What is shoulder impingement?
Pain in the shoulder is the third most common complaint among orthopedic patients. Often, it is caused by a rotator cuff defect or impingement syndrome. If your shoulder pain has been diagnosed as shoulder impingement, this blog is for you! Shoulder Impingement is the pain caused by the connective tissue repeatedly rubbing on the shoulder blade. This pain usually arises from the tip of the shoulder passing down to the upper arm. Pain usually occurs when the arm is halfway to overhead. A person with impingement syndrome may not be able to lift the arm or use it with any force. This is also called ‘Subacromial Impingement’.
Who is prone to shoulder impingement?
Mostly those who are involved in sports activities like swimming, tennis, volleyball, and basketball are prone to developing this condition. This could also happen to someone facing an injury after a fall on their shoulders. Poor posture and rounding your shoulders also can lead to this.
What causes shoulder impingement?
Shoulder joints are ball-and-socket joints that are very flexible. Several bones make up the shoulder blade: the scapula, the humerus, and the clavicle. These bones are connected by muscles, which permit shoulder movement. One of them is the supraspinatus muscle, which lies in a depression on top of your shoulder blade. As part of this muscle’s tendon, a fluid-filled sac called a bursa( to reduce friction) travels through a narrow tunnel called subacromial space. Impingement occurs if this area becomes inflamed or thickened.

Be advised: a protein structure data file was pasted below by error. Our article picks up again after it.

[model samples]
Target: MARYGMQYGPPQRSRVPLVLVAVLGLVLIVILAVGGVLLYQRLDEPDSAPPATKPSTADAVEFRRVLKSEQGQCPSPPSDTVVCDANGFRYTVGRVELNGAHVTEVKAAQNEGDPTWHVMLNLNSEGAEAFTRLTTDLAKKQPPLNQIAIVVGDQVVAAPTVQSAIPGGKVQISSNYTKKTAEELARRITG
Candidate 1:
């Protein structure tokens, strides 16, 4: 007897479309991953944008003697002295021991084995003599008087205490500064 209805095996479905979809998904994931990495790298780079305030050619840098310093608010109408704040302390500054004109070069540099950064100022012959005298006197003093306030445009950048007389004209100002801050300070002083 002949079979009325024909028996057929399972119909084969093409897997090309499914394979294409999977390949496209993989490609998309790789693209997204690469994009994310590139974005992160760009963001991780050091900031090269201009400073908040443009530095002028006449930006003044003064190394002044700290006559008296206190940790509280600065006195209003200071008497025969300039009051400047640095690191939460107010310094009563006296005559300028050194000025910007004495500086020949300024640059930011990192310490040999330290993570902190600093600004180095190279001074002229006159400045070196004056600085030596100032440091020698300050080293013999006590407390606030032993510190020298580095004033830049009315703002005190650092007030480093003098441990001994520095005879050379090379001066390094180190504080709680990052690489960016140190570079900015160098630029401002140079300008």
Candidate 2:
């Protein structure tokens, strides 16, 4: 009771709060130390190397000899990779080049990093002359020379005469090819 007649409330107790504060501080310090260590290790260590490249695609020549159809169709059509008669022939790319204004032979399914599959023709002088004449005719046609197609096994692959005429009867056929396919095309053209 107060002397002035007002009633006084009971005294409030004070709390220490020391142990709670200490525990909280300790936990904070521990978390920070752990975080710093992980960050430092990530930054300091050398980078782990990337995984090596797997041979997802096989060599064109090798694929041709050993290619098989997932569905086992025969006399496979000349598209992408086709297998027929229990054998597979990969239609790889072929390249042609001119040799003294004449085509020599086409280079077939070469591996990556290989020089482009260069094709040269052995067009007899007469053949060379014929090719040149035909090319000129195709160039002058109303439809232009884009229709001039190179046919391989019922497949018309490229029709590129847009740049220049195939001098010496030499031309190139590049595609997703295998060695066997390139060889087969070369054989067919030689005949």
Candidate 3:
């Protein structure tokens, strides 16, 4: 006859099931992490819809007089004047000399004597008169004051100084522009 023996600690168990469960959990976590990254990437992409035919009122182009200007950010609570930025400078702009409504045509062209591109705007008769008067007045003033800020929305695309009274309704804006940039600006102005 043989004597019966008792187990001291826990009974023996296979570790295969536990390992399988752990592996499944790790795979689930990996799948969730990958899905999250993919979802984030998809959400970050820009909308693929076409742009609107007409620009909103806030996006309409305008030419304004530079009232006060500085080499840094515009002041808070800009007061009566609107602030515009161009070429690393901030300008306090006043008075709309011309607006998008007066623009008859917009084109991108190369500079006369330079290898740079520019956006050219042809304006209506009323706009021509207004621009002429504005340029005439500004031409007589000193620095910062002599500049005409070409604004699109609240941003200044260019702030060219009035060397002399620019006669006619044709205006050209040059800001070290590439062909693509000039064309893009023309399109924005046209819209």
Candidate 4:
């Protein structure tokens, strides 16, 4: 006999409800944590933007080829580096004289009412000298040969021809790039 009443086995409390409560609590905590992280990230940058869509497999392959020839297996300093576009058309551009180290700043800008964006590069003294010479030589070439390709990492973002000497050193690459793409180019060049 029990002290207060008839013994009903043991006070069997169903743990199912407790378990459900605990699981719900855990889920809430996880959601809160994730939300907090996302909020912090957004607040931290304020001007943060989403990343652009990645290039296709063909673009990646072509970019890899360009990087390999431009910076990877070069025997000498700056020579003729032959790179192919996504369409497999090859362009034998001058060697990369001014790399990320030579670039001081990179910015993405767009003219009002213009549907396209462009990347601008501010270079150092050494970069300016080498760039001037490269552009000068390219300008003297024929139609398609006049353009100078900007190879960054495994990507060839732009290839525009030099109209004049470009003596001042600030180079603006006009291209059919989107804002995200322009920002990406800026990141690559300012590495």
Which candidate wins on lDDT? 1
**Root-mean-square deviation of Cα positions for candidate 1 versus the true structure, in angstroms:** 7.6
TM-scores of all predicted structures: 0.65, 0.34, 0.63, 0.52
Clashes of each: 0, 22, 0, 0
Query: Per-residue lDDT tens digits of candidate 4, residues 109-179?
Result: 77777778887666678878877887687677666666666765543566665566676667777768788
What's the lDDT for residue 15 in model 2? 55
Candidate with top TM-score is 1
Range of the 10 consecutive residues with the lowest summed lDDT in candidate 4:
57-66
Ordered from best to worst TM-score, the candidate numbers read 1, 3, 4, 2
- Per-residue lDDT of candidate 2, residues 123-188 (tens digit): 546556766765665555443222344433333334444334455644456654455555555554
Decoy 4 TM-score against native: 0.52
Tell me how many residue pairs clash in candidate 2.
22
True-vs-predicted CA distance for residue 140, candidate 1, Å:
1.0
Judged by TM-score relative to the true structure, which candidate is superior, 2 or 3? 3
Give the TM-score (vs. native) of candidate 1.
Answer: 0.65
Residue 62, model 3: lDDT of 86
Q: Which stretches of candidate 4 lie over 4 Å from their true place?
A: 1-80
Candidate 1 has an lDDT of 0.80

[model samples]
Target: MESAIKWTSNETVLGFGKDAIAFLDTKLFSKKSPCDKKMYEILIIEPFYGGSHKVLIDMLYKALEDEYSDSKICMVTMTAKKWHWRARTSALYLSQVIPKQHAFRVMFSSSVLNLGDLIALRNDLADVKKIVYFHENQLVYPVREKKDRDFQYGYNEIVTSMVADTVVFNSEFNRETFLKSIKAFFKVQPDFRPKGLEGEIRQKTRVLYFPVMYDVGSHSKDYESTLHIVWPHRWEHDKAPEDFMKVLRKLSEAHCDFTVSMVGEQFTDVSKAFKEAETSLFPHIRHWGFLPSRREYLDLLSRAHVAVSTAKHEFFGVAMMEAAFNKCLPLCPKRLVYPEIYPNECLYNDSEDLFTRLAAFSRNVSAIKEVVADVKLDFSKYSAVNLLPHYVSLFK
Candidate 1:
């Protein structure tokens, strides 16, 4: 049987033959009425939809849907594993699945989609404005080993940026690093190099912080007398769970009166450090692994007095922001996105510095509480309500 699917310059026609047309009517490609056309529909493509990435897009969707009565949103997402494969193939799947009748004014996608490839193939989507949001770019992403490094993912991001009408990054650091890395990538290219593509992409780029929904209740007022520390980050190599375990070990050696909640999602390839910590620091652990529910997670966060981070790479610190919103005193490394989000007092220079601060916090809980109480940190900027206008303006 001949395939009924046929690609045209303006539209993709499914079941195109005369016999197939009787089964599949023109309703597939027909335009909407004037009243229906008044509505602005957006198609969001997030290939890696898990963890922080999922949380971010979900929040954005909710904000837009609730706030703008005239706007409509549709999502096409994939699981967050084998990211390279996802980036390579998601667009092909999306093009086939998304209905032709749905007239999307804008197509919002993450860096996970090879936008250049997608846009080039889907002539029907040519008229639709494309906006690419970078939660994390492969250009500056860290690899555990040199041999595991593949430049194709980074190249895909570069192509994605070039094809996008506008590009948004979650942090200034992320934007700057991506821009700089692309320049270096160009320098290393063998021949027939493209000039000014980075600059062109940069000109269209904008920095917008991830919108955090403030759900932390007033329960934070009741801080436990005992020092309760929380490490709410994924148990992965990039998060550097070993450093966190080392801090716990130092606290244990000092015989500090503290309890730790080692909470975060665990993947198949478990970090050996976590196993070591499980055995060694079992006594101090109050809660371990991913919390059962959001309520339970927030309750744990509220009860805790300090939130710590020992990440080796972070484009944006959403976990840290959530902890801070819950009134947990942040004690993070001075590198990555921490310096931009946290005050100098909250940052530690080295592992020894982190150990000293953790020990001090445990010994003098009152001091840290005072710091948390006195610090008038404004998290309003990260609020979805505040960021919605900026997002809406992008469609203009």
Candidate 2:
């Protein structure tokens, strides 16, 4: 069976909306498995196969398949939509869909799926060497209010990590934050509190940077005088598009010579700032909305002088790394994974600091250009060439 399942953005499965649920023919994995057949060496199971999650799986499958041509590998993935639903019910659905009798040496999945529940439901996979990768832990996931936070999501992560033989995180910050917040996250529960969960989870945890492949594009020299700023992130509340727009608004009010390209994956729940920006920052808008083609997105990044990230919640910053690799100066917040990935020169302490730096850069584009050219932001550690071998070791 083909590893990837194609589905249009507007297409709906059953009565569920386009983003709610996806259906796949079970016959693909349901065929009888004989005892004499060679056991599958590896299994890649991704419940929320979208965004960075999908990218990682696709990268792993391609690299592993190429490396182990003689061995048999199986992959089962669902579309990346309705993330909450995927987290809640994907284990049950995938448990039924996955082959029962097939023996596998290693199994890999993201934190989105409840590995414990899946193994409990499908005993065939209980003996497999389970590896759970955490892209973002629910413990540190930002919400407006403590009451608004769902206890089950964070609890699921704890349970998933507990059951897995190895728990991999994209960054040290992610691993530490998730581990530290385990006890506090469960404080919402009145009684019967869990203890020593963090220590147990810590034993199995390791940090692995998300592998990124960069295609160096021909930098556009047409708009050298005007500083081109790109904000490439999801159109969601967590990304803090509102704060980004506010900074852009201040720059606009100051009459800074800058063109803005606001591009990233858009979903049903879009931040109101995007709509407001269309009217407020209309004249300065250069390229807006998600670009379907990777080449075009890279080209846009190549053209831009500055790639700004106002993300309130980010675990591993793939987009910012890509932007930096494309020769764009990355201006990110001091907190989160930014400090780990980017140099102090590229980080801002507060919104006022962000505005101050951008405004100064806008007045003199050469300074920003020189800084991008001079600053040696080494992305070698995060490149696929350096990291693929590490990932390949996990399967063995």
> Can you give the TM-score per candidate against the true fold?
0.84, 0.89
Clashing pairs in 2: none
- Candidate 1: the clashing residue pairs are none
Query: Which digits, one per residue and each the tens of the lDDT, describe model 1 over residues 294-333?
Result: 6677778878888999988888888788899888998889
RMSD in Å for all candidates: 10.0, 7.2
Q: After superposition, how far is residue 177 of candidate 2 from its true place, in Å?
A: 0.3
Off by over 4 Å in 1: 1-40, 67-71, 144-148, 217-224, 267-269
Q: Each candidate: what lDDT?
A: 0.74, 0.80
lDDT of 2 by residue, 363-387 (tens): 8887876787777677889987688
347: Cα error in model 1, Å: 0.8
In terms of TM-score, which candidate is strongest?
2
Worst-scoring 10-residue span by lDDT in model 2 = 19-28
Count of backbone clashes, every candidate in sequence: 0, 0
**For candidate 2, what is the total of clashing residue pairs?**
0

What are the symptoms?
- Pain in the arms when extended above your head.
- A painful sensation when lying on the affected side.
- Pain associated with attempting to reach into or zip up a pocket behind your back.
- Shoulder stiffness and weakness.
How is shoulder impingement treated?
Posture is the key. Do not hunch or round your shoulders. Maintain a long neck and a back that is straight, regardless of your activity. Medications like non-steroidal anti-inflammatory drugs may help reduce pain and ease movement. But nothing helps as much as physiotherapy when it comes to treating physiotherapy. Study findings from 2014 reported that patients treated with physiotherapy had fewer episodes of shoulder impingement syndrome and required fewer visits to their doctor on average one year after the initial injury. Often, patients who received injections needed additional injections for impingement.
A primary treatment strategy for shoulder impingements over the past decade has been physiotherapy. We adhere to the successful treatment protocols prescribed by recent studies that include manipulation and low-level Laser, as these treatments appear to be the most effective of the various physiotherapy techniques. At River Physio, you will also go through a structured rehab program to resolve the problem completely. After assessment, once we establish the diagnosis, we will prescribe impingement programs in three phases of exercises. Proper adherence of these exercise programs always results in successful rehabilitation